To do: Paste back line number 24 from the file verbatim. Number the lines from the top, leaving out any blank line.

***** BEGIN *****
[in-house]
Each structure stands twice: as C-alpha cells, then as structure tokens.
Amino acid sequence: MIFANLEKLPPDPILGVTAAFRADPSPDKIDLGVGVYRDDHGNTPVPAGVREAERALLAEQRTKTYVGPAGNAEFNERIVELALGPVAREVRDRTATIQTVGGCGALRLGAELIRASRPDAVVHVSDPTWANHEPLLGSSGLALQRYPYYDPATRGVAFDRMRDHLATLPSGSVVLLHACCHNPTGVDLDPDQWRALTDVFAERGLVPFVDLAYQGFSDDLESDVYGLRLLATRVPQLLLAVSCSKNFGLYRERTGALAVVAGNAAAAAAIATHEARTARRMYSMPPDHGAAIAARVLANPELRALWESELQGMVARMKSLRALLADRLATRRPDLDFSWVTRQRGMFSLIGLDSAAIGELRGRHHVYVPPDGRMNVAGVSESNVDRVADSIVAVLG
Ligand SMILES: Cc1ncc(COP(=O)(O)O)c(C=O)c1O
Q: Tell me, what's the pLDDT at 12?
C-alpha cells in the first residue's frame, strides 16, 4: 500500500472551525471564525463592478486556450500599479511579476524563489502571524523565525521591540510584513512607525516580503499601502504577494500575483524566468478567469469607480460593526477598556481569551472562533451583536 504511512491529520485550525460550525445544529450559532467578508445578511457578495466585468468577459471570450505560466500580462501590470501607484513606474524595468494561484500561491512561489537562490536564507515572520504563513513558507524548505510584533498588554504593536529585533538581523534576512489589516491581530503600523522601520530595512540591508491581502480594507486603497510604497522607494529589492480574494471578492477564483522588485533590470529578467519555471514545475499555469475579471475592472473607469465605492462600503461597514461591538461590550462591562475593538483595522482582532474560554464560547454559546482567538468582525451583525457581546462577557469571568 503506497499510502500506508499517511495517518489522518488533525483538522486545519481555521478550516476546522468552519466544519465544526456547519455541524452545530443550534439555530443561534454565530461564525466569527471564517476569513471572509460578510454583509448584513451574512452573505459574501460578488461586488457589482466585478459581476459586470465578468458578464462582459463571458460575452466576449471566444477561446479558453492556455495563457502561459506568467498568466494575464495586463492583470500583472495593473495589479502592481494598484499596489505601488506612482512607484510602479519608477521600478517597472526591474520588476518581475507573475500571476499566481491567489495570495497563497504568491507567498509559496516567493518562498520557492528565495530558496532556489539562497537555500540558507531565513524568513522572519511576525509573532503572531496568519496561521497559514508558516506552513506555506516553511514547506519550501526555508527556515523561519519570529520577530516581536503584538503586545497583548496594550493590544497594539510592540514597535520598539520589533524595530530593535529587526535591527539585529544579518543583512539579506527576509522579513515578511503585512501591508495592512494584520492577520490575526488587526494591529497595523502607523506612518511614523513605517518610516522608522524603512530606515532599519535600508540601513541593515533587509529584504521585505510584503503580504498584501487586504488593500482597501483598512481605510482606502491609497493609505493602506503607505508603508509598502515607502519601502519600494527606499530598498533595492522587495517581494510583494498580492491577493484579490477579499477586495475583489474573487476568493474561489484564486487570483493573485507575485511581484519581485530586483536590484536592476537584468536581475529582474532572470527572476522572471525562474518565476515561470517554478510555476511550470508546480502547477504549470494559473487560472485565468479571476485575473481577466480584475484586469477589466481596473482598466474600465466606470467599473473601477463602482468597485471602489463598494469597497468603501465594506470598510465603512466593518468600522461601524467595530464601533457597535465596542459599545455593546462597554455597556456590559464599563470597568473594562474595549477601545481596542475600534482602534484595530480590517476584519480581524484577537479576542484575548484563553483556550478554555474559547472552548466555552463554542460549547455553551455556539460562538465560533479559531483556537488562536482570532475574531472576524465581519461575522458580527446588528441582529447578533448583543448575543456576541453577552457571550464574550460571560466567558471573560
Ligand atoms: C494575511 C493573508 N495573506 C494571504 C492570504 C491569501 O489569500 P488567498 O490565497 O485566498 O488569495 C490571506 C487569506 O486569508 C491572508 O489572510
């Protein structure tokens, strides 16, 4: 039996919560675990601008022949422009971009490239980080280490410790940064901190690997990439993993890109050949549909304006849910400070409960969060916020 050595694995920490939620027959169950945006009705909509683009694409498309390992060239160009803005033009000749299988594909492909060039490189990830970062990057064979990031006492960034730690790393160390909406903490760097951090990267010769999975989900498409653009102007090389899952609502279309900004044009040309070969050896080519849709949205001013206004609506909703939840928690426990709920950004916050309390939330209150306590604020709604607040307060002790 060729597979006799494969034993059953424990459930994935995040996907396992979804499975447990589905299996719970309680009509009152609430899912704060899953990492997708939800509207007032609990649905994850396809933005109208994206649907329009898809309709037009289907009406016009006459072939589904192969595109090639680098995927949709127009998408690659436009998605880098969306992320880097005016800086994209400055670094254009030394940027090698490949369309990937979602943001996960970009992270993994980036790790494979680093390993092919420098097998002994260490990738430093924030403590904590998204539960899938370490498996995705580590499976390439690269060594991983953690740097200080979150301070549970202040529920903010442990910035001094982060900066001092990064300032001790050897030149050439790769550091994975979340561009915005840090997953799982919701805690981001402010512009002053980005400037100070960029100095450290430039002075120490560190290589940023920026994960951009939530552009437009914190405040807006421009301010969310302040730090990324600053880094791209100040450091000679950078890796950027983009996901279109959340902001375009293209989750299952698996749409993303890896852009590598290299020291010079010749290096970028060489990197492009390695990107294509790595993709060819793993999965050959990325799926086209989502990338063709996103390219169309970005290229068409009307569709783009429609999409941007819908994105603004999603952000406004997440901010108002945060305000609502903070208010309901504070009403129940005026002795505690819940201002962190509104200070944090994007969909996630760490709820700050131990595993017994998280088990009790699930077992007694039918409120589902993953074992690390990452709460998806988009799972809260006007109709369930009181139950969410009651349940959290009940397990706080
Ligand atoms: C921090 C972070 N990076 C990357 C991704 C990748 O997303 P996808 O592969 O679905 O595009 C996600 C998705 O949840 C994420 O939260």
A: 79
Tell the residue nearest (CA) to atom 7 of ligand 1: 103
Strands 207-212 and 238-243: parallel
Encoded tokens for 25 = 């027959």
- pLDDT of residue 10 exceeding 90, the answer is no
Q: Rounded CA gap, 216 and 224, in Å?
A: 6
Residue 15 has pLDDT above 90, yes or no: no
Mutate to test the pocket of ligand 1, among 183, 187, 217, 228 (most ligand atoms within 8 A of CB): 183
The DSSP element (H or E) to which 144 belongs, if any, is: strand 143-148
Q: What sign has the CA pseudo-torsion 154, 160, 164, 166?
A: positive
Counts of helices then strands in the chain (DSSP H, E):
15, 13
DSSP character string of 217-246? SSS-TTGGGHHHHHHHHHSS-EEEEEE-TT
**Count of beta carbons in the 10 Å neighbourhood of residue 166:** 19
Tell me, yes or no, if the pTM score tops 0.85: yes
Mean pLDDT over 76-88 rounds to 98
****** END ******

DSSP character string of 217-246? SSS-TTGGGHHHHHHHHHSS-EEEEEE-TT